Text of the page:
Amazon eyes Soli-style radar sensors for sleep tracking and smart home

Amazon is working on radar tech that could be used for sleep tracking, gesture control, and more, potentially paving the way to a new Echo smart device that might offer similar features to Google's latest Nest Hub. Currently, select Amazon Echo smart display models use camera-based person tracking, in order to keep the user centered for video calls. However this new system could be far more precise in its tracking.

The "Radar Sensors" in development were revealed courtesy of an FCC filing made by Amazon in June. The technology requires permission to function at higher power levels, something Google had to request for its Project Soli system several years ago.

Amazon's request, spotted by Bloomberg, describes several potential benefits of the technology. "By capturing motion in a three-dimensional space, a Radar Sensor can capture data in a manner that enables touchless device control," the filing suggests. "As a result, users can engage with a device and control its features through simple gestures and movements. Facilitating touchless device control could have a substantial societal impact by greatly enhancing the accessibility of everyday devices."

That might be beneficial to people with "mobility, speech, or tactile impairments," Amazon points out.

"The Radar Sensors would also be used for contactless sleep tracking that would rely on the bandwidth available under the rule and the modest increment in additional radiated power to be achieved under the waiver so as to monitor sleep with a higher degree of resolution and location precision than would otherwise be achievable," Amazon adds. "In doing so, these devices would enable users to estimate sleep quality based on movement patterns."

Again, Amazon bills this as being potentially beneficial for individuals. "The use of Radar Sensors in sleep tracking could improve awareness and management of sleep hygiene," it argues, "which in turn could produce significant health benefits for many Americans."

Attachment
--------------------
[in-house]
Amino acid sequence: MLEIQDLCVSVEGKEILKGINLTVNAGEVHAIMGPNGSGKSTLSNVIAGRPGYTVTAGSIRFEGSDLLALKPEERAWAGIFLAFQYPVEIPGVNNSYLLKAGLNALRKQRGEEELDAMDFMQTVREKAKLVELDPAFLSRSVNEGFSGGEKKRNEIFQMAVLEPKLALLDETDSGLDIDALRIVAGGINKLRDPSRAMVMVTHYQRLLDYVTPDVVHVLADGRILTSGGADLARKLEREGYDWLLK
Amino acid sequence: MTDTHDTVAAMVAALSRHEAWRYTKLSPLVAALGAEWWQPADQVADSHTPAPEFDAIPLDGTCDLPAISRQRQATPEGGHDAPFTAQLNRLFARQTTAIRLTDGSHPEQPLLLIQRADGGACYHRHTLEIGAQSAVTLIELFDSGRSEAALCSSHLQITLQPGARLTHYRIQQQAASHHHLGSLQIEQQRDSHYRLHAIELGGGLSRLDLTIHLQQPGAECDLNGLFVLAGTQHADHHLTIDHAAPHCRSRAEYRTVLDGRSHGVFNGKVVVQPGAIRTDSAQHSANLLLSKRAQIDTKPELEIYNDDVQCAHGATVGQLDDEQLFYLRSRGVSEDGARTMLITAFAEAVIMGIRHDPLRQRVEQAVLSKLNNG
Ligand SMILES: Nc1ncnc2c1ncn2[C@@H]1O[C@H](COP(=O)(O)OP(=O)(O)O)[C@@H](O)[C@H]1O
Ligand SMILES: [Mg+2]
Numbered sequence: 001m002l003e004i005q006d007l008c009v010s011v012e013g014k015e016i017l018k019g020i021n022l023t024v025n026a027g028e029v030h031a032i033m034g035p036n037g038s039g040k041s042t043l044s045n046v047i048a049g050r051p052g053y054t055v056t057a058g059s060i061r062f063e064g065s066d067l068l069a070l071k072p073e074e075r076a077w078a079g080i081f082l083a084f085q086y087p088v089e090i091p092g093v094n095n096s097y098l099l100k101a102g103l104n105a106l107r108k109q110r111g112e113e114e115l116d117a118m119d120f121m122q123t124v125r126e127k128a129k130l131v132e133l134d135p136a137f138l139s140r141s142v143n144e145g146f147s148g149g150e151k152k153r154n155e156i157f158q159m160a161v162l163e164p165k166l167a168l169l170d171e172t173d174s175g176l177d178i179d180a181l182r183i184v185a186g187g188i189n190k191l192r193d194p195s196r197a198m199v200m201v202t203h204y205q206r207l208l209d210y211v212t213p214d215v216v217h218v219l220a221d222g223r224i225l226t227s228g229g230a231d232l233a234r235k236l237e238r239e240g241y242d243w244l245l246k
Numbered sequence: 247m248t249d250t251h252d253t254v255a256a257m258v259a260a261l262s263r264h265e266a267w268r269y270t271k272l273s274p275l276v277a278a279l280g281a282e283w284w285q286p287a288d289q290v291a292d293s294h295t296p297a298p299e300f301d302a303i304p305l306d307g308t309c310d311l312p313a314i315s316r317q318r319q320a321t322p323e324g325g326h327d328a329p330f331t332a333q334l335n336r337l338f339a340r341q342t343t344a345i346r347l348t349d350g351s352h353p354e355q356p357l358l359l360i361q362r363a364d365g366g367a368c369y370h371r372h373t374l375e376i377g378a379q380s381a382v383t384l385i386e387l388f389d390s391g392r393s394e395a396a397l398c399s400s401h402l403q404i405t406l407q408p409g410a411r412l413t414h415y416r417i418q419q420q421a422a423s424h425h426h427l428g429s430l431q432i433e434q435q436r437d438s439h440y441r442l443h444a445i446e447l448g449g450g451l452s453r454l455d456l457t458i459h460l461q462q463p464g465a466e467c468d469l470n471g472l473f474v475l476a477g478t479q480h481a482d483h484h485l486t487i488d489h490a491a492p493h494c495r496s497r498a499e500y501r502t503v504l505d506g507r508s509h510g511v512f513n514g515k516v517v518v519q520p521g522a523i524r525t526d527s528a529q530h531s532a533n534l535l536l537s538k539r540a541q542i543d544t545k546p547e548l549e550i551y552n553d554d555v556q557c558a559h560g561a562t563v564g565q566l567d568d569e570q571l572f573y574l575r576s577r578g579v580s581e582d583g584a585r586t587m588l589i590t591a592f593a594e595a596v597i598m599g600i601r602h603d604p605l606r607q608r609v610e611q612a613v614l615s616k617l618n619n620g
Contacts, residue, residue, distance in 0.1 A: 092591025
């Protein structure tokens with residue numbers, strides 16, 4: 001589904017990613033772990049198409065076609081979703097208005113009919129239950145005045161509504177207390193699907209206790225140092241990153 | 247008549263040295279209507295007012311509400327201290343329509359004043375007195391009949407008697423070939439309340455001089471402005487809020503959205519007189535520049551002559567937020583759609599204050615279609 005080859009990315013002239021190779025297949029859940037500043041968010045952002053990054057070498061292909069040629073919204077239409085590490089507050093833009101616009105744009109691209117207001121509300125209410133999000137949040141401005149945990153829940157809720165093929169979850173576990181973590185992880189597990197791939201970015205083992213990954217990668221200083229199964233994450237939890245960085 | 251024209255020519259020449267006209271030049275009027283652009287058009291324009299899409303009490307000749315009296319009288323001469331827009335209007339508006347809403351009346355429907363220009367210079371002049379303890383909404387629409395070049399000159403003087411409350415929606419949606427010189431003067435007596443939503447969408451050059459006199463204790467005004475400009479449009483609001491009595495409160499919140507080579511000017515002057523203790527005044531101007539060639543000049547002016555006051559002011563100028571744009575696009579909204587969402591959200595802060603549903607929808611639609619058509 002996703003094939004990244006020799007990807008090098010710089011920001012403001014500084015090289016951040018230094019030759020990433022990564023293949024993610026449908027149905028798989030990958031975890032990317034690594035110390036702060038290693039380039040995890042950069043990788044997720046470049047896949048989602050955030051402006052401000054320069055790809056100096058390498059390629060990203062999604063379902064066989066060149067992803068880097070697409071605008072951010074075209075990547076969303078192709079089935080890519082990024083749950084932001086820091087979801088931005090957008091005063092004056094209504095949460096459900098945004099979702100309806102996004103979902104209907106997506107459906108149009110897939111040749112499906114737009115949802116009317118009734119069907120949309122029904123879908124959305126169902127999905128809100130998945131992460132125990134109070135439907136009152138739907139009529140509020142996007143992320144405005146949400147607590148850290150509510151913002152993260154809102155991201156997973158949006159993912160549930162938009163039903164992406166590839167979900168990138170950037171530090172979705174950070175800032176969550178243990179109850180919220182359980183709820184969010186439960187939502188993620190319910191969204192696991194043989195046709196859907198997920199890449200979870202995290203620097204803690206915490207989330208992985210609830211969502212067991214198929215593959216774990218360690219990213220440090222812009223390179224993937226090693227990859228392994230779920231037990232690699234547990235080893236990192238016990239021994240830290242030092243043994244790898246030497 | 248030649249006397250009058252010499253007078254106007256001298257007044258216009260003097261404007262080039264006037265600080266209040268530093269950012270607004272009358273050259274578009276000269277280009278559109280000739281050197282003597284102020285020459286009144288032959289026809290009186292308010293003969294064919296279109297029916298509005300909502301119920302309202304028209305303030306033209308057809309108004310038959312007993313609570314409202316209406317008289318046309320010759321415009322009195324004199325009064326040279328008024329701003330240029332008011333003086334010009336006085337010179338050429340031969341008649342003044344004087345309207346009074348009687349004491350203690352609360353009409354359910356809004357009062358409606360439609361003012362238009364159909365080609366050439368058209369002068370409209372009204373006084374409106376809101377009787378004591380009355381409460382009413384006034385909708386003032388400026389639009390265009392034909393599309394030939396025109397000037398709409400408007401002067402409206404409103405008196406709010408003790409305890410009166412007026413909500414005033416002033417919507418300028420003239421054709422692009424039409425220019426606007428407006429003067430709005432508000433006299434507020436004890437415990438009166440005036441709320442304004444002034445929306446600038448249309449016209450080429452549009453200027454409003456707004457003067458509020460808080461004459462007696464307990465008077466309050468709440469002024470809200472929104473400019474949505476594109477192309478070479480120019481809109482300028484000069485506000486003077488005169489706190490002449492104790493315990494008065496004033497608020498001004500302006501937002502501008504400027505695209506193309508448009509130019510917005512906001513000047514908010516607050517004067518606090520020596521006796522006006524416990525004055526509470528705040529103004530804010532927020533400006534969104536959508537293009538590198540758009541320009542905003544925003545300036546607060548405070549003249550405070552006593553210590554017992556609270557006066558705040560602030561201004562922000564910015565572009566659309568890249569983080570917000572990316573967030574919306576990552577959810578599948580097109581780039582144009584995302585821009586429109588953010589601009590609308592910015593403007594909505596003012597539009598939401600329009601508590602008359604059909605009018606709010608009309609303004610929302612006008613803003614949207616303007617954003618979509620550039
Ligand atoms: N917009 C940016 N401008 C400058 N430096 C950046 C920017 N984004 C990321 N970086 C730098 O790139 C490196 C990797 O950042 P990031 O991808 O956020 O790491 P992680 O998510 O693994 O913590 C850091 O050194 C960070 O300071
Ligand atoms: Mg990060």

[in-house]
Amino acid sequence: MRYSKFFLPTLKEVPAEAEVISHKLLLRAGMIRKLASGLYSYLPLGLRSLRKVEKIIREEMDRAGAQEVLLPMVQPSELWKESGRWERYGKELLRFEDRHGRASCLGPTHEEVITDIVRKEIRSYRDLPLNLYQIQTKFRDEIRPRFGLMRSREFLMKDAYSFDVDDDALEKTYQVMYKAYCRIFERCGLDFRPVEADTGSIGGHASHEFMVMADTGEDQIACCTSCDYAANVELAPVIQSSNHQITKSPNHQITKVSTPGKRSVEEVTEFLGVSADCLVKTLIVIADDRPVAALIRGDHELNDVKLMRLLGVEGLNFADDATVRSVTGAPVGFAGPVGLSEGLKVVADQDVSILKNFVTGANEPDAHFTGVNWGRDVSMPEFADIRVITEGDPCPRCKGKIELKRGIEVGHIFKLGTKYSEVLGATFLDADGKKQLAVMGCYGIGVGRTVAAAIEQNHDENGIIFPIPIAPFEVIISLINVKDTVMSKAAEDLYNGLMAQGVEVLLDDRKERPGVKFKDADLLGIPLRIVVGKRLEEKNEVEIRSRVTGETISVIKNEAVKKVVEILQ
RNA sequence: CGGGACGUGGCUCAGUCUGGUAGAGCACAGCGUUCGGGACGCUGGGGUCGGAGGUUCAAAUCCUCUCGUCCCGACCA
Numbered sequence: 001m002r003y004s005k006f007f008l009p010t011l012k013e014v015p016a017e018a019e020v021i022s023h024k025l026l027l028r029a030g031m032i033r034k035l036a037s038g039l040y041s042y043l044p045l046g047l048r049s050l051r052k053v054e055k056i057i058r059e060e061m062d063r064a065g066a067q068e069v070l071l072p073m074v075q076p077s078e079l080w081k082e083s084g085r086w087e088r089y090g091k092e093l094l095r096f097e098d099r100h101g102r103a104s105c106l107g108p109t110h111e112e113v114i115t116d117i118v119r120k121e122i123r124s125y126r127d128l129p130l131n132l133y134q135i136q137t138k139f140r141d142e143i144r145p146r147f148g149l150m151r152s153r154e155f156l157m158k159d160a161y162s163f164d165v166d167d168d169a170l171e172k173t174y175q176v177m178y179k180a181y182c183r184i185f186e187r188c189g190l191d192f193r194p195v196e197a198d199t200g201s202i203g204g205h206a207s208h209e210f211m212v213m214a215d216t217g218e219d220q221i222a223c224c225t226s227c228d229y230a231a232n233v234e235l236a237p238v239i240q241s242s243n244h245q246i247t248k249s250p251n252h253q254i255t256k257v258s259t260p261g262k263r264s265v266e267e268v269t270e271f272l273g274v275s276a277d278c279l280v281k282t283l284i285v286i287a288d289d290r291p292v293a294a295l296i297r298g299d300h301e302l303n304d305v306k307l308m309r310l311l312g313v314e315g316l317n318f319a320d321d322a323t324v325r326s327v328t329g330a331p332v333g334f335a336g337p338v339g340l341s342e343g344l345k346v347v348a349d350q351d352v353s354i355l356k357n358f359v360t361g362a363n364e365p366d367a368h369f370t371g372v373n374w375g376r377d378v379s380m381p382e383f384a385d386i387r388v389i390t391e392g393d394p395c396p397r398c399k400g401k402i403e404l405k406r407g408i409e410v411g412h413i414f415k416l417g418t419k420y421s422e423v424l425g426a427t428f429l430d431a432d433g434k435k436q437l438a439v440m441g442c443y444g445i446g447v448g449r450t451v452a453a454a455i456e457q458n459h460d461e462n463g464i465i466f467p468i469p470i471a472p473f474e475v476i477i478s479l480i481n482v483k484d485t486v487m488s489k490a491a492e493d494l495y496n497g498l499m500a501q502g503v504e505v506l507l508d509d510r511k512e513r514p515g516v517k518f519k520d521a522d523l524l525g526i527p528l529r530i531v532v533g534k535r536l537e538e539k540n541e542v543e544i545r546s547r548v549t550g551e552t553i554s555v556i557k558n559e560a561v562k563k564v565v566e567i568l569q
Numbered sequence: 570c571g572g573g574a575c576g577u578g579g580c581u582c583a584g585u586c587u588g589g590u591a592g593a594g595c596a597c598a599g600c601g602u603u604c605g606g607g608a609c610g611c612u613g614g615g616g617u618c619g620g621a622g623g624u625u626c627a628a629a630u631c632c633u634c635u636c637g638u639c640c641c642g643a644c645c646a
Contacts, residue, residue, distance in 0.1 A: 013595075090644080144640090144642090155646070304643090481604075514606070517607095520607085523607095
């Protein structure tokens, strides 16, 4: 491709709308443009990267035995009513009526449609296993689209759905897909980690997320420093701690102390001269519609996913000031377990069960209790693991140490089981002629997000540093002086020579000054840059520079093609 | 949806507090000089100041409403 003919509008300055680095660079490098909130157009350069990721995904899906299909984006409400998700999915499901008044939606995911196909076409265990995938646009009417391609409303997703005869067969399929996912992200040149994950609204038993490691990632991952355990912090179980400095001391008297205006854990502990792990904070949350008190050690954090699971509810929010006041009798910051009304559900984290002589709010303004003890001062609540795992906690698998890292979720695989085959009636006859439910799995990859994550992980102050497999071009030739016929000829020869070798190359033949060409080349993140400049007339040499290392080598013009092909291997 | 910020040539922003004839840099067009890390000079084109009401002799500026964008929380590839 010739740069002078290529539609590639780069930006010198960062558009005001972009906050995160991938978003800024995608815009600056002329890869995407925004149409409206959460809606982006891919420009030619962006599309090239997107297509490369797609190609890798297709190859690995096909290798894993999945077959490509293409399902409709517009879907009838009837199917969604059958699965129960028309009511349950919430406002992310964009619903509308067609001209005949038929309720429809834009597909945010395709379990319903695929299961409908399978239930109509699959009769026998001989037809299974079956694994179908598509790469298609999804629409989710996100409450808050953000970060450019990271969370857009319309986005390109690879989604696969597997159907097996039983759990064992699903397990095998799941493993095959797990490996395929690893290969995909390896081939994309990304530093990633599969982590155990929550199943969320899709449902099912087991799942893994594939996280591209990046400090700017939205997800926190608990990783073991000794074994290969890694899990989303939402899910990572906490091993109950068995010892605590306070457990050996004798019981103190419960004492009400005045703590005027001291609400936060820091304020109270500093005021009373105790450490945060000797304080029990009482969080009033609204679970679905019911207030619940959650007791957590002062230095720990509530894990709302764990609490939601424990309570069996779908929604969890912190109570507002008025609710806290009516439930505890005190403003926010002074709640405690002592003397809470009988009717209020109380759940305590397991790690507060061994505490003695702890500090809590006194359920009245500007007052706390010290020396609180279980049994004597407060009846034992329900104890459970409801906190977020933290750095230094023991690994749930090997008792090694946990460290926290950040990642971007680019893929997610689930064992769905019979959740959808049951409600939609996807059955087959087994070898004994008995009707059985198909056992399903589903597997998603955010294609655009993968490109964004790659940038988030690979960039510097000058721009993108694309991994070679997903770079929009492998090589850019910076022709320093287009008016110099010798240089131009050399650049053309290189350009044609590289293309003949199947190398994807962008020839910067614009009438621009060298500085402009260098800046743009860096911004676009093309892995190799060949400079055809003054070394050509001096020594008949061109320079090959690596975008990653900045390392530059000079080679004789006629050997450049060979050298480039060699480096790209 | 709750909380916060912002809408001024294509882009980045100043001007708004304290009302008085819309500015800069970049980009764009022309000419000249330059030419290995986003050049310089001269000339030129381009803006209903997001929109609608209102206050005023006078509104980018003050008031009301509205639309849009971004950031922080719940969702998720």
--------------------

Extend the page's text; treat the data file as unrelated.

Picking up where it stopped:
Exactly what Amazon has in mind is unclear, and the FCC filing does not go into specific details. However the request is for "non-mobile devices," which suggests an Echo IoT device is more likely.

In the case of Google's second-generation Nest Hub, for example, a Soli radar sensor is used to track sleep patterns and things like breathing rate of people in bed. Designed to be positioned on a nightstand, the smart display can monitor different sleep phases and then calculate an overall rating of how well the individual rested.

Importantly, Google pointed out at the Nest Hub's launch earlier this year, it does so in a more private way than a camera might function. The radar sensor can see movement at a granular level, but not distinguishing features. That's key if you want to encourage people to bring your device into their bedroom, where the idea of having an internet-connected camera switched on might be unpalatable.

Privacy has been a lingering headache for Amazon and its Alexa-powered devices, with some concern about the idea of having always-listening microphones in the home. The company has previously offered a smart display – the Echo Spot – intended for use on a nightstand, though it was equipped with a camera (that could be turned off, Amazon argued) and lacked sleep tracking. Launched in 2017, it was discontinued in 2019.

However that's not the only possible application of the Amazon radar tech. The company is believed to be working on a wall-mounted Echo touchscreen, which would act – among other things – as a smart home control hub. That could use the radar-powered gesture tracking to allow adjustments to things like temperature and media playback volume from across a room.